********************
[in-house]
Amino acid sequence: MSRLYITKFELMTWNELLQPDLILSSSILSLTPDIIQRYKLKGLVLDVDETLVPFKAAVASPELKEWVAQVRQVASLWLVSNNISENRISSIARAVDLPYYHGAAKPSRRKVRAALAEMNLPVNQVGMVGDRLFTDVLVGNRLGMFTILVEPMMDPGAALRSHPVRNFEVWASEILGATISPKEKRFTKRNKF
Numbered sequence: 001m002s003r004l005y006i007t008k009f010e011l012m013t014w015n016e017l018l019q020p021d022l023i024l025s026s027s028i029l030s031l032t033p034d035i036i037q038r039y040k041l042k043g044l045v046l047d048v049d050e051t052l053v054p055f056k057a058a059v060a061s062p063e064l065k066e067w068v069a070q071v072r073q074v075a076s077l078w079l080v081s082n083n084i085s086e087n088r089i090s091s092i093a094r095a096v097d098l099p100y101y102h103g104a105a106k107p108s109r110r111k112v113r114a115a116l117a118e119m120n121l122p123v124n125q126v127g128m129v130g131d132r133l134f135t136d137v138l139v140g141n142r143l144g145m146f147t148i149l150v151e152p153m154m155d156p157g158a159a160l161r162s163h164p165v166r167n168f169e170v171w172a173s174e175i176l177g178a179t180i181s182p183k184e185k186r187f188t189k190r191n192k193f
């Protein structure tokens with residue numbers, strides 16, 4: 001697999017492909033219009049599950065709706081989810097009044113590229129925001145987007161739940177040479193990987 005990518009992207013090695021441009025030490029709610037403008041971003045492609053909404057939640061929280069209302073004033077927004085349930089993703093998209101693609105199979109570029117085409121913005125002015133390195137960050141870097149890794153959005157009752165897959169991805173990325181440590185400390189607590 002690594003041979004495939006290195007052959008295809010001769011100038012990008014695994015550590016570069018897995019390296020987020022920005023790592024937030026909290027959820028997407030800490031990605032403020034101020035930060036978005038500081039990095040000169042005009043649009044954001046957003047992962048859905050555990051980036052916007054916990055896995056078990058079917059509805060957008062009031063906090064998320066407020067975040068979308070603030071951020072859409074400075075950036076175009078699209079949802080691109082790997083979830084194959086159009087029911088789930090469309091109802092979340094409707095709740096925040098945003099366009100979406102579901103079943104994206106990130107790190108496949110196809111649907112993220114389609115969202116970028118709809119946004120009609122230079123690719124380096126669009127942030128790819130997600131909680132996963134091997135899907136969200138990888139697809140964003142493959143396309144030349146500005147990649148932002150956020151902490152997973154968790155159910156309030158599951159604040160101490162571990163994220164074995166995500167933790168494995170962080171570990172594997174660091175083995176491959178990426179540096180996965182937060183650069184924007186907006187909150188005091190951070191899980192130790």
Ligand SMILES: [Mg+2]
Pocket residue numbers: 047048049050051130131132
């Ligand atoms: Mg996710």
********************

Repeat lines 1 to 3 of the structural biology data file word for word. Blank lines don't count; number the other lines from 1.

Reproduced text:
[in-house]
Amino acid sequence: MSRLYITKFELMTWNELLQPDLILSSSILSLTPDIIQRYKLKGLVLDVDETLVPFKAAVASPELKEWVAQVRQVASLWLVSNNISENRISSIARAVDLPYYHGAAKPSRRKVRAALAEMNLPVNQVGMVGDRLFTDVLVGNRLGMFTILVEPMMDPGAALRSHPVRNFEVWASEILGATISPKEKRFTKRNKF
Numbered sequence: 001m002s003r004l005y006i007t008k009f010e011l012m013t014w015n016e017l018l019q020p021d022l023i024l025s026s027s028i029l030s031l032t033p034d035i036i037q038r039y040k041l042k043g044l045v046l047d048v049d050e051t052l053v054p055f056k057a058a059v060a061s062p063e064l065k066e067w068v069a070q071v072r073q074v075a076s077l078w079l080v081s082n083n084i085s086e087n088r089i090s091s092i093a094r095a096v097d098l099p100y101y102h103g104a105a106k107p108s109r110r111k112v113r114a115a116l117a118e119m120n121l122p123v124n125q126v127g128m129v130g131d132r133l134f135t136d137v138l139v140g141n142r143l144g145m146f147t148i149l150v151e152p153m154m155d156p157g158a159a160l161r162s163h164p165v166r167n168f169e170v171w172a173s174e175i176l177g178a179t180i181s182p183k184e185k186r187f188t189k190r191n192k193f